Zappo’s isn’t even a company that helps one party send email to another, but their primary marketing tactic was a counter-intuitive growth hack as good as any other. Free shipping and returns let Zappo’s wage asymmetric warfare against incumbent shoe sellers. By taking on this additional cost structure, Zappo’s did not have to outbid competitors for scarce ad inventory and could grow by word-of-mouth instead.  In other words, you need to have a clear and concrete reason for people to retweet or like, not just the buttons to do so.

Is there a unique insight or special edge that we have?
The harsh light of ad-buying and paid customer acquisition illustrates this issue clearly.
Whaleshark Media is a roll-up of many of the largest online coupon and affiliate sites on the web. By virtue of scale, Whaleshark can negotiate the best affiliate payouts from affiliate networks and merchants. In some cases this means that Whaleshark sites can offer coupons with larger discounts than smaller competing deal sites. This also means that Whaleshark can spend more on paid advertising than a smaller site and still be right-side up. If you are competing with this kind of structural advantage, you had better be sure that you have a different advantage that outweighs this.
Similarly, Instagram’s unique insight and competitive advantage was pure craft and design. Other mobile photo apps had the same features, but were obviously less well crafted so there was no reason to use them. In effect, other photo apps brought knives to Instagram’s gun fight. This is the simplest point, but also one of the most important. As a hypothetical, if your web startup is launching a mobile app and you don’t invest enough for the fit and finish to rival other successful apps, the rising tide of mobile will not automatically lift your boat.

Is this measurable and able to be optimized and evolved over time?
One-time arbitrage opportunities and market insights tend to disappear quickly as competitors catch up and consumers get over-supplied. The path forward from success is continued optimization.
One of Zynga’s main competitive advantages over other social game publisher is its ability to cross-promote a new game to the audience of its older games. This advantage helps Zynga get new titles to scale before older game titles start to lose the interest of their players. Since games tend to go out of style relatively quickly and the Facebook platform ecosystem is always changing, Zynga needs to keep measuring and tweaking the promotion strategy and mechanics for each new game. Without measurement and improvement, Zynga would not have been able to sustain its string of hit social games. is a very large web property that spends millions of dollars each month on paid search. Like many companies, their initial SEM cost is not initially profitable based on first transactions. Whitepages’s search spend only goes into the black if some new customers acquired via search marketing return for a second monetization event without a second paid click.  Without measuring and optimizing for retention, one of Whitepages primary customer acquisition channels would be entirely closed off and the company would be much less viable.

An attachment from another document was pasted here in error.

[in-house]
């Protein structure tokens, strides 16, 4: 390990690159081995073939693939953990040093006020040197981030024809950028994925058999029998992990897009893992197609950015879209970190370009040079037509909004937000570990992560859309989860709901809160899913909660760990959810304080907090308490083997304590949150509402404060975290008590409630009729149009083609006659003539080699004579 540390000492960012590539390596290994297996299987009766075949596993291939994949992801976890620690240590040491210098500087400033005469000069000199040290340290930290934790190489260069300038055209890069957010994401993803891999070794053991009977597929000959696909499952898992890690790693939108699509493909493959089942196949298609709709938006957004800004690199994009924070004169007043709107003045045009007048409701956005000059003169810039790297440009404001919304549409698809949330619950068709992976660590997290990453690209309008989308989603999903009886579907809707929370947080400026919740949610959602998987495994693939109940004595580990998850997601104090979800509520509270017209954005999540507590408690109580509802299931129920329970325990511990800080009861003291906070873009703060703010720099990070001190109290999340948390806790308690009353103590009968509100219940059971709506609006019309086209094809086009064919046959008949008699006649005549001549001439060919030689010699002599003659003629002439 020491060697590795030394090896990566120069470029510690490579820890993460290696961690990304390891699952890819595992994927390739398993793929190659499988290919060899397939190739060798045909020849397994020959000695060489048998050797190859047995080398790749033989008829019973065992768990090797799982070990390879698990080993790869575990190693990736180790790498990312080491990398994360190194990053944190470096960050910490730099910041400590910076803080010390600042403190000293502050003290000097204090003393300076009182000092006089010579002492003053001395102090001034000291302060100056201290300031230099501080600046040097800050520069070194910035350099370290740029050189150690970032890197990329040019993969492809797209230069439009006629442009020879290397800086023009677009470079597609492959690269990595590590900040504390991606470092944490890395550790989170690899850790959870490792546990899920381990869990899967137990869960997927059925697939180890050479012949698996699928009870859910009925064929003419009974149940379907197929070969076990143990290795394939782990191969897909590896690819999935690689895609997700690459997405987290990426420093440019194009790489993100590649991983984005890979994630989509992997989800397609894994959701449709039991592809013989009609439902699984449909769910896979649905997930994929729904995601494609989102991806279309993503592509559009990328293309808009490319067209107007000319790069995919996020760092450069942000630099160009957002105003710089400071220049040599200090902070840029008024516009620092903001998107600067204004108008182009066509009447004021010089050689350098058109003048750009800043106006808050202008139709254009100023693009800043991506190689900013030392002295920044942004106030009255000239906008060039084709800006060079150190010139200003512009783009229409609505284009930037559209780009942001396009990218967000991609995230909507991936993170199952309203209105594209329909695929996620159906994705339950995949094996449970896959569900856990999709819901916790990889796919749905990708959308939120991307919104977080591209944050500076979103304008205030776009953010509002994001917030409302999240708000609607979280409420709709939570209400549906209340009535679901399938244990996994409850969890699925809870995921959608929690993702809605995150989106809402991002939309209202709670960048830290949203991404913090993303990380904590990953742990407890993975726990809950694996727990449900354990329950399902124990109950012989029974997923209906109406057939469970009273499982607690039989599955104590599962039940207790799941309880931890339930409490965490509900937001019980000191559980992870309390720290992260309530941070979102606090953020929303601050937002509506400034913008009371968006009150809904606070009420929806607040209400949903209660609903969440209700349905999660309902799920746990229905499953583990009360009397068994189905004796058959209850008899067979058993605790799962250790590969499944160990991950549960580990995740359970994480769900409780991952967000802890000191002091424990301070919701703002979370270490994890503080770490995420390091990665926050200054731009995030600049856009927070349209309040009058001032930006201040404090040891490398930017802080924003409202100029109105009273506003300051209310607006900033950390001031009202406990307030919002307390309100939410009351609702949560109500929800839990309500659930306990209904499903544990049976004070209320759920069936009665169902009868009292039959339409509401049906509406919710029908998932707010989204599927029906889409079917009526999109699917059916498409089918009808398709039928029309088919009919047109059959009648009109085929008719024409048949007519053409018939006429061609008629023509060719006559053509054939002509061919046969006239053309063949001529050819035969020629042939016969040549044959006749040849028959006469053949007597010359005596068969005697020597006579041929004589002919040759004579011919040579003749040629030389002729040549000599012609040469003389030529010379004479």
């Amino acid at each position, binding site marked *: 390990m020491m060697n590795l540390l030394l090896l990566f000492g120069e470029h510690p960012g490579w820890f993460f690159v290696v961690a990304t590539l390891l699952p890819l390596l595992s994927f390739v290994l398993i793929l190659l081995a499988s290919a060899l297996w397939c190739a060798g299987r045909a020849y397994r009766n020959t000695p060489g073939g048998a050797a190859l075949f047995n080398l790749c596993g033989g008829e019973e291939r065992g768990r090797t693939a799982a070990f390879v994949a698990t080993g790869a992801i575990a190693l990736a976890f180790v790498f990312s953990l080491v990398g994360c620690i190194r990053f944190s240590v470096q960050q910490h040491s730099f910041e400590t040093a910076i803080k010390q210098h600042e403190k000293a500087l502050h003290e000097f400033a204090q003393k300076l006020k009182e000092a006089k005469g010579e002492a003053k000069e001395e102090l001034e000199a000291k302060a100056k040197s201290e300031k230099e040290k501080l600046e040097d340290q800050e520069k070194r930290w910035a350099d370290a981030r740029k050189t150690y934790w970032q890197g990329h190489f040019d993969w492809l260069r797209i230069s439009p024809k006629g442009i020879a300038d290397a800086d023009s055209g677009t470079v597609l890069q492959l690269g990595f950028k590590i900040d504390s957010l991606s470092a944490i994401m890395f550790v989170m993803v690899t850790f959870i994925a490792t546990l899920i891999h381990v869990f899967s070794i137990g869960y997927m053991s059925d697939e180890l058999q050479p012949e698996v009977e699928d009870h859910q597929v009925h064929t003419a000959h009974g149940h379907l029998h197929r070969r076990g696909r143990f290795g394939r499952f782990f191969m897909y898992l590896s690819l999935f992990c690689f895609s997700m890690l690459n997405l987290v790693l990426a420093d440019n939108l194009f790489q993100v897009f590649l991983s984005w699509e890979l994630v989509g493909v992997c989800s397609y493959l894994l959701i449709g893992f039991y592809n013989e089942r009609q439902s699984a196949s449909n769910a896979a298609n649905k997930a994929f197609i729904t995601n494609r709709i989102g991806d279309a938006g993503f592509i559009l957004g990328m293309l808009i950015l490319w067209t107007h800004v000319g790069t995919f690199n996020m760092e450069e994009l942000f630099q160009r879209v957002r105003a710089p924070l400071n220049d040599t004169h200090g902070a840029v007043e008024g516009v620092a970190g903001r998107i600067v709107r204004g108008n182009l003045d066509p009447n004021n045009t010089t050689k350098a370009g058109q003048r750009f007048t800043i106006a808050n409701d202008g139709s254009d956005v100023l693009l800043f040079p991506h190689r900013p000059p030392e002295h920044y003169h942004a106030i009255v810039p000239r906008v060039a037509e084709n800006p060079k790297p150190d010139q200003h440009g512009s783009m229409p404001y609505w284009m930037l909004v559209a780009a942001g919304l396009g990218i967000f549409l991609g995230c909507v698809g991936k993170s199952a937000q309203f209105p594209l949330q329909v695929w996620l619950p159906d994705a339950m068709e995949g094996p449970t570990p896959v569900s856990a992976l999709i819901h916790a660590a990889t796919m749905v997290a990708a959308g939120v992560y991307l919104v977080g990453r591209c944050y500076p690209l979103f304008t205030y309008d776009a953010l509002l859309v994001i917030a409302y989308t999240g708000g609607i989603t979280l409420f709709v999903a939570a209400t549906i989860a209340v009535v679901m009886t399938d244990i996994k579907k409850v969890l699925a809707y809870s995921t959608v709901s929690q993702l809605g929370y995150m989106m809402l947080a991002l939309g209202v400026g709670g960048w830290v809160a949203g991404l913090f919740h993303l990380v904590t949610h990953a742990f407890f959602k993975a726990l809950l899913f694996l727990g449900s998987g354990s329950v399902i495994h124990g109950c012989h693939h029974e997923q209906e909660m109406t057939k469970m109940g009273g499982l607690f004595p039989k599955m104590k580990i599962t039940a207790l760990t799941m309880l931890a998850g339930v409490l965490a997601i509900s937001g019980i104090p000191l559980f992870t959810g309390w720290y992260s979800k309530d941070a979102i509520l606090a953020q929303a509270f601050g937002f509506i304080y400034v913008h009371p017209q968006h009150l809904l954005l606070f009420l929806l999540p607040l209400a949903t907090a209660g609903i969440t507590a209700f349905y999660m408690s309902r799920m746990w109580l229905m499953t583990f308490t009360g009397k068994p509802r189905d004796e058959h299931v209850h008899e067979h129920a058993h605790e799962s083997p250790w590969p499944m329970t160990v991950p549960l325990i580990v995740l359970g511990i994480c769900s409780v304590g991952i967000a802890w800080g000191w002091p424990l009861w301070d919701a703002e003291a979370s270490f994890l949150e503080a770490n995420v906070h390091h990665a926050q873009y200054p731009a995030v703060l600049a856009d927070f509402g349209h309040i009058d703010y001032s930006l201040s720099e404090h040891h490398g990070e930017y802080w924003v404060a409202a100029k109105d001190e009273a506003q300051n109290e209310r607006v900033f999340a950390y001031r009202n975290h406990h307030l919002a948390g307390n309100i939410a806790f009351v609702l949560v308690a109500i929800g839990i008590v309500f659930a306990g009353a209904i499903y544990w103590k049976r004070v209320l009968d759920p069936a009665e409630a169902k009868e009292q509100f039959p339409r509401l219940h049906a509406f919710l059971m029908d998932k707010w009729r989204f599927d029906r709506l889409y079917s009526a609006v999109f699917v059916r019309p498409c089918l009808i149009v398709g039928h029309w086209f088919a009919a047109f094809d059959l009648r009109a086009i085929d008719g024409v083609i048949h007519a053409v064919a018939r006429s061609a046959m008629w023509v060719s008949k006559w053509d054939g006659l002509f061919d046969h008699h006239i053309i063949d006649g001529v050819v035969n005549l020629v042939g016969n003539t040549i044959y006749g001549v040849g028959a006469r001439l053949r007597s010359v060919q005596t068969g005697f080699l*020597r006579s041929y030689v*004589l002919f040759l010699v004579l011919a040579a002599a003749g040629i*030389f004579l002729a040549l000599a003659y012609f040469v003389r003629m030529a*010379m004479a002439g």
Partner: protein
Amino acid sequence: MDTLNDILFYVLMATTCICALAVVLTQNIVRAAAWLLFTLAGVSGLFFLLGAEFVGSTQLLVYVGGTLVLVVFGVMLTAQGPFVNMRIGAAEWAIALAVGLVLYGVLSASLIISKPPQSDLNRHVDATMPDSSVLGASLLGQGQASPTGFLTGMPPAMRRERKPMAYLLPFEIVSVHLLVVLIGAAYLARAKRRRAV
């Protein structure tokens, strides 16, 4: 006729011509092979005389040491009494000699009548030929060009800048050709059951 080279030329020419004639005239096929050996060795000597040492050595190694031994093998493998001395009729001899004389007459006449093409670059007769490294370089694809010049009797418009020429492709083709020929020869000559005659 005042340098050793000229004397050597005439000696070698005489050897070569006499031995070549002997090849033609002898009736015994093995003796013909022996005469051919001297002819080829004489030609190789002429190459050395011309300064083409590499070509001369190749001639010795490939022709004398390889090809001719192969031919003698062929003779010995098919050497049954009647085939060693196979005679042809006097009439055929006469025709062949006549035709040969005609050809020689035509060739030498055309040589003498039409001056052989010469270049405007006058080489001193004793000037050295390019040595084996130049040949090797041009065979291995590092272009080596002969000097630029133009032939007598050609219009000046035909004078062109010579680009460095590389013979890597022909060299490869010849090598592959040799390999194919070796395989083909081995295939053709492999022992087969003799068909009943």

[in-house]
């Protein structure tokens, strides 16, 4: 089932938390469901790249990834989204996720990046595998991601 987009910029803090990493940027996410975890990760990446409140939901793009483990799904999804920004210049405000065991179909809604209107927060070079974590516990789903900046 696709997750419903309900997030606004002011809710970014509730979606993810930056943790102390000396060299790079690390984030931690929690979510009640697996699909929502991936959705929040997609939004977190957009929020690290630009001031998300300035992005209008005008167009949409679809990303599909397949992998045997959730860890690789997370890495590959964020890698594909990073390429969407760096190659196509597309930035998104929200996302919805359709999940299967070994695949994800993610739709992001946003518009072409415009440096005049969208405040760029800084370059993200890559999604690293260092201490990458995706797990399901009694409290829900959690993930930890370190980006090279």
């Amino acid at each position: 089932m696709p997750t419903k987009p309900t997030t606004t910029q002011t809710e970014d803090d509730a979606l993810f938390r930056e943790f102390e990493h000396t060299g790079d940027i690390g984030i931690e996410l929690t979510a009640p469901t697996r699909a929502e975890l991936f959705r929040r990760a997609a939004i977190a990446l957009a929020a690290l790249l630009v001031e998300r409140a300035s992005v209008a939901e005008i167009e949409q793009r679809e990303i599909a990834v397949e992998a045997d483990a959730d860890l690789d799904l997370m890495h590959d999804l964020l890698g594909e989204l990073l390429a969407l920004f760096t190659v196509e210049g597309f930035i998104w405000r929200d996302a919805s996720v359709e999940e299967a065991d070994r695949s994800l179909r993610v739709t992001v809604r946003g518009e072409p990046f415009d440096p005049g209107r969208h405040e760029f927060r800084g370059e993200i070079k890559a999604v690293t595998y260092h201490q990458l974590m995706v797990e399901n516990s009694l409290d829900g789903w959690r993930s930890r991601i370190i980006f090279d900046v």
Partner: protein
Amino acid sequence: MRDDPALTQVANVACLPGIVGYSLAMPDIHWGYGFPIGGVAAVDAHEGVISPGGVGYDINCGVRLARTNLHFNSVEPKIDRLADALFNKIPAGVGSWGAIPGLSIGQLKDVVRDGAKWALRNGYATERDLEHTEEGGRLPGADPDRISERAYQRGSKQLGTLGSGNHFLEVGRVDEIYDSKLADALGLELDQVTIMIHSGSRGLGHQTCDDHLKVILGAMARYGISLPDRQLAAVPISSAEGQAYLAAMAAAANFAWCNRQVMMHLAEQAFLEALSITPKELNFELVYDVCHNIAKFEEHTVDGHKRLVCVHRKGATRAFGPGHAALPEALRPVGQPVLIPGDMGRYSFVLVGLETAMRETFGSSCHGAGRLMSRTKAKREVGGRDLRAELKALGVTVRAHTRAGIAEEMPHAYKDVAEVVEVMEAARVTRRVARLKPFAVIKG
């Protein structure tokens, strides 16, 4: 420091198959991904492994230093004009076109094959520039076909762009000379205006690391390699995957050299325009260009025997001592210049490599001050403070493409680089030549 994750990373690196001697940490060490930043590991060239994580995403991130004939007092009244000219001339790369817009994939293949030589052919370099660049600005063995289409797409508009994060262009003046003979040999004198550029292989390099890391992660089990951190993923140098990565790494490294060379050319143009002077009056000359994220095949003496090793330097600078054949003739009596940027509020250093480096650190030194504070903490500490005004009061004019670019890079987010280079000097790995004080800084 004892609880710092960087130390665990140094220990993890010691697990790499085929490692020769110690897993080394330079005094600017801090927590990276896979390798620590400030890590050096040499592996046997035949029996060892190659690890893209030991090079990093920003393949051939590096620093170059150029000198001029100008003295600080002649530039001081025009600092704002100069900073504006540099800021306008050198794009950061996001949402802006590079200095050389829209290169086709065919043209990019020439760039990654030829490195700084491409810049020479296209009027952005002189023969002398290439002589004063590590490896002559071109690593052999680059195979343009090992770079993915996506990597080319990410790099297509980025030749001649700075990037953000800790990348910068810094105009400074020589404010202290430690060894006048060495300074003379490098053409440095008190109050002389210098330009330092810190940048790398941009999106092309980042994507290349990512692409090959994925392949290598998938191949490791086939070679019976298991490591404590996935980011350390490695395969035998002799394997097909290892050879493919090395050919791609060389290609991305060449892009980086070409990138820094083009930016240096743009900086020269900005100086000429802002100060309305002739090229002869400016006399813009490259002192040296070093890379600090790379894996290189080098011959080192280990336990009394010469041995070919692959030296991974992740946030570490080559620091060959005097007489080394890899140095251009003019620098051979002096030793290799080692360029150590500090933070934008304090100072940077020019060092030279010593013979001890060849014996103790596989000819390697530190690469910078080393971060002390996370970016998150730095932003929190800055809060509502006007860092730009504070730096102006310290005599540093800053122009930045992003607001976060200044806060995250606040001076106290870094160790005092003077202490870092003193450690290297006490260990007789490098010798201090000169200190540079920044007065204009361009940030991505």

If this works, will it lead to success?
One of my favorite thought exercises for growth-hacking and marketing is to ask what future success looks like for the company, and then work backwards to assess whether a particular marketing activity can credibly get the company there. For example, if your company has raised high single digit millions in venture money or more, you should be thinking about marketing activities that, if everything goes right, could build a business worth $100M or more. Small-bore marketing activities are the single biggest mistake that I see startup marketers make. Ad buying provides an excellent example. For most online businesses, it’s not credible to believe any amount of ad inventory will get your company to $100M. If you are tacking on a basic social media strategy of blogging, Tweeting, Facebook page updates and ‘share this’ buttons, it’s highly unlikely that this effort will contribute to building a large and special business.

In the day to day cut and thrust of startup operations, please take a more than usually critical eye to all of your marketing and growth strategies and spend your scarce time on activities that are leveraged, sustainable, and core to your product promise and function.

Like this? Email me at mathewgjohnson ‘AT’ gmail, or find me at or Twitter @matjohnson